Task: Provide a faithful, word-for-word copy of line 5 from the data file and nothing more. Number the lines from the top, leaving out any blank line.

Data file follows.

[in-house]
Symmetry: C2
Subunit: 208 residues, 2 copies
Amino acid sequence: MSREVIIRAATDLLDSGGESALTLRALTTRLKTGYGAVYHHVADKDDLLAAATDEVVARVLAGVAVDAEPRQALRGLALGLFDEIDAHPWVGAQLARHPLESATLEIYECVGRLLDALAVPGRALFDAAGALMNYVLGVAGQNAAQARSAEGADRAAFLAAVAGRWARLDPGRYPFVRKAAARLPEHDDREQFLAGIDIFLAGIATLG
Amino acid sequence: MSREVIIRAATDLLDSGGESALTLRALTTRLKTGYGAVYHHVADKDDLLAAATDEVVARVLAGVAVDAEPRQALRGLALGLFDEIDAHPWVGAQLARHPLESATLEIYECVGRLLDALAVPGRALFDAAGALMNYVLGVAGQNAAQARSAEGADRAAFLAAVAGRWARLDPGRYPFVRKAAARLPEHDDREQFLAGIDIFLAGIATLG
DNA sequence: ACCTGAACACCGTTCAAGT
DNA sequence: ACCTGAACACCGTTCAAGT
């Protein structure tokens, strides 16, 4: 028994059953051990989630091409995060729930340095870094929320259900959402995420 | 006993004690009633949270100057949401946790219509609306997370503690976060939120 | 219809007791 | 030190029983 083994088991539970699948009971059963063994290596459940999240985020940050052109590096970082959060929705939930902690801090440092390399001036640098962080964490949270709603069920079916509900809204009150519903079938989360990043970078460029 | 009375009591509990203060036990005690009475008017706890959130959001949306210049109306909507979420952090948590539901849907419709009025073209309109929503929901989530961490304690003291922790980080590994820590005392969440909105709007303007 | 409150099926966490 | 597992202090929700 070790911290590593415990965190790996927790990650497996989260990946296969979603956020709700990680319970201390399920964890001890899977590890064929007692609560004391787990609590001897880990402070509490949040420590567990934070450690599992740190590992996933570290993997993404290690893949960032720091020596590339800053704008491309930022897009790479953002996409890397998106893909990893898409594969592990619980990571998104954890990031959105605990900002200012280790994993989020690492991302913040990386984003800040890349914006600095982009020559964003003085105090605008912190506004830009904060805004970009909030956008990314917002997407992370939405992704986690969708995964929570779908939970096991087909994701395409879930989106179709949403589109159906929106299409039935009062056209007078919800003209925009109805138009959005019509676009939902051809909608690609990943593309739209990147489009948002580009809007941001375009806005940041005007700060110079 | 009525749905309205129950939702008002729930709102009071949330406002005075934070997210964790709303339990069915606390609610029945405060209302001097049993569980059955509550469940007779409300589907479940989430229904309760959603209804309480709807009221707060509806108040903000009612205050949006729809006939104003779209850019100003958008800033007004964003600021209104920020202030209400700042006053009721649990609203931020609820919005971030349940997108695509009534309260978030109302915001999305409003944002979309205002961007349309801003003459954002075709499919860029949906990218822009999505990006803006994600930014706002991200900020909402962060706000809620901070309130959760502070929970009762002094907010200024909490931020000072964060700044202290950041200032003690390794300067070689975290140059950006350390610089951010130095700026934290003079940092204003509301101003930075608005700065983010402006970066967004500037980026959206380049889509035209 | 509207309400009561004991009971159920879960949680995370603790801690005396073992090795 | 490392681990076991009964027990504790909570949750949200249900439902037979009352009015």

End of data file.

Amino acid sequence: MSREVIIRAATDLLDSGGESALTLRALTTRLKTGYGAVYHHVADKDDLLAAATDEVVARVLAGVAVDAEPRQALRGLALGLFDEIDAHPWVGAQLARHPLESATLEIYECVGRLLDALAVPGRALFDAAGALMNYVLGVAGQNAAQARSAEGADRAAFLAAVAGRWARLDPGRYPFVRKAAARLPEHDDREQFLAGIDIFLAGIATLG